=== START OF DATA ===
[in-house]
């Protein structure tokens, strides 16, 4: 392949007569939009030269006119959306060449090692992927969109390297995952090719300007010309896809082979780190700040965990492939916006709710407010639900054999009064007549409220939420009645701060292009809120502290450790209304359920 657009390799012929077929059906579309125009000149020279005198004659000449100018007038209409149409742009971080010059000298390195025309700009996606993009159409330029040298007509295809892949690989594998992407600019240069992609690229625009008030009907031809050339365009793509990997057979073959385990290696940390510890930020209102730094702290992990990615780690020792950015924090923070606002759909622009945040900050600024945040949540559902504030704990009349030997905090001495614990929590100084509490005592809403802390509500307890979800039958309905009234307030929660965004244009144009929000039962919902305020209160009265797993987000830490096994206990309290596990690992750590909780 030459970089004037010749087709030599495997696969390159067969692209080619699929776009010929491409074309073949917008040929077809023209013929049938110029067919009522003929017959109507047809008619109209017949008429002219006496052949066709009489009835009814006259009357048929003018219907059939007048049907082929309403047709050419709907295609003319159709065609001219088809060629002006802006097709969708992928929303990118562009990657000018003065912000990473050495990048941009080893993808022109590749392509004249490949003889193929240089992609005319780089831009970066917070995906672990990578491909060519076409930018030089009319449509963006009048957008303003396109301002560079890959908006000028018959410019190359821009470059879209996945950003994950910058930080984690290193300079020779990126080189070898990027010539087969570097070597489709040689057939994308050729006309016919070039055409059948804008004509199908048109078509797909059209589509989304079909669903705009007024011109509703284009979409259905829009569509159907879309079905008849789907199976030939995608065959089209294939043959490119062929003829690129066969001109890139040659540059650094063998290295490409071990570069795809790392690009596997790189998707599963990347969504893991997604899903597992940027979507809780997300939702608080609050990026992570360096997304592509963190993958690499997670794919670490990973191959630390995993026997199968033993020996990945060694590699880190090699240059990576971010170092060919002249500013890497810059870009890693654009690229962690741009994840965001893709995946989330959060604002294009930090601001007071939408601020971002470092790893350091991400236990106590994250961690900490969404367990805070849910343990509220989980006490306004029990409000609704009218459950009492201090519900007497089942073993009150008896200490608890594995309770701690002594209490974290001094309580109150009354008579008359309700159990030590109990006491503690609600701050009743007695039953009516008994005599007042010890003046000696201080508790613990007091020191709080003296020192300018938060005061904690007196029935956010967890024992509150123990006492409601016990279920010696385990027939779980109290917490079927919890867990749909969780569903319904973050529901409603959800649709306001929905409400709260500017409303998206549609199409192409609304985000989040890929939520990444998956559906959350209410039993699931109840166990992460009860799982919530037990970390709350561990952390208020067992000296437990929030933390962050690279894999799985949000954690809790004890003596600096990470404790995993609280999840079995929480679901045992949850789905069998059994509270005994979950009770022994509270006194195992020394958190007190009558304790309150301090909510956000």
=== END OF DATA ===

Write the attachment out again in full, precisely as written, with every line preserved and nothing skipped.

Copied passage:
[in-house]
């Protein structure tokens, strides 16, 4: 392949007569939009030269006119959306060449090692992927969109390297995952090719300007010309896809082979780190700040965990492939916006709710407010639900054999009064007549409220939420009645701060292009809120502290450790209304359920 657009390799012929077929059906579309125009000149020279005198004659000449100018007038209409149409742009971080010059000298390195025309700009996606993009159409330029040298007509295809892949690989594998992407600019240069992609690229625009008030009907031809050339365009793509990997057979073959385990290696940390510890930020209102730094702290992990990615780690020792950015924090923070606002759909622009945040900050600024945040949540559902504030704990009349030997905090001495614990929590100084509490005592809403802390509500307890979800039958309905009234307030929660965004244009144009929000039962919902305020209160009265797993987000830490096994206990309290596990690992750590909780 030459970089004037010749087709030599495997696969390159067969692209080619699929776009010929491409074309073949917008040929077809023209013929049938110029067919009522003929017959109507047809008619109209017949008429002219006496052949066709009489009835009814006259009357048929003018219907059939007048049907082929309403047709050419709907295609003319159709065609001219088809060629002006802006097709969708992928929303990118562009990657000018003065912000990473050495990048941009080893993808022109590749392509004249490949003889193929240089992609005319780089831009970066917070995906672990990578491909060519076409930018030089009319449509963006009048957008303003396109301002560079890959908006000028018959410019190359821009470059879209996945950003994950910058930080984690290193300079020779990126080189070898990027010539087969570097070597489709040689057939994308050729006309016919070039055409059948804008004509199908048109078509797909059209589509989304079909669903705009007024011109509703284009979409259905829009569509159907879309079905008849789907199976030939995608065959089209294939043959490119062929003829690129066969001109890139040659540059650094063998290295490409071990570069795809790392690009596997790189998707599963990347969504893991997604899903597992940027979507809780997300939702608080609050990026992570360096997304592509963190993958690499997670794919670490990973191959630390995993026997199968033993020996990945060694590699880190090699240059990576971010170092060919002249500013890497810059870009890693654009690229962690741009994840965001893709995946989330959060604002294009930090601001007071939408601020971002470092790893350091991400236990106590994250961690900490969404367990805070849910343990509220989980006490306004029990409000609704009218459950009492201090519900007497089942073993009150008896200490608890594995309770701690002594209490974290001094309580109150009354008579008359309700159990030590109990006491503690609600701050009743007695039953009516008994005599007042010890003046000696201080508790613990007091020191709080003296020192300018938060005061904690007196029935956010967890024992509150123990006492409601016990279920010696385990027939779980109290917490079927919890867990749909969780569903319904973050529901409603959800649709306001929905409400709260500017409303998206549609199409192409609304985000989040890929939520990444998956559906959350209410039993699931109840166990992460009860799982919530037990970390709350561990952390208020067992000296437990929030933390962050690279894999799985949000954690809790004890003596600096990470404790995993609280999840079995929480679901045992949850789905069998059994509270005994979950009770022994509270006194195992020394958190007190009558304790309150301090909510956000």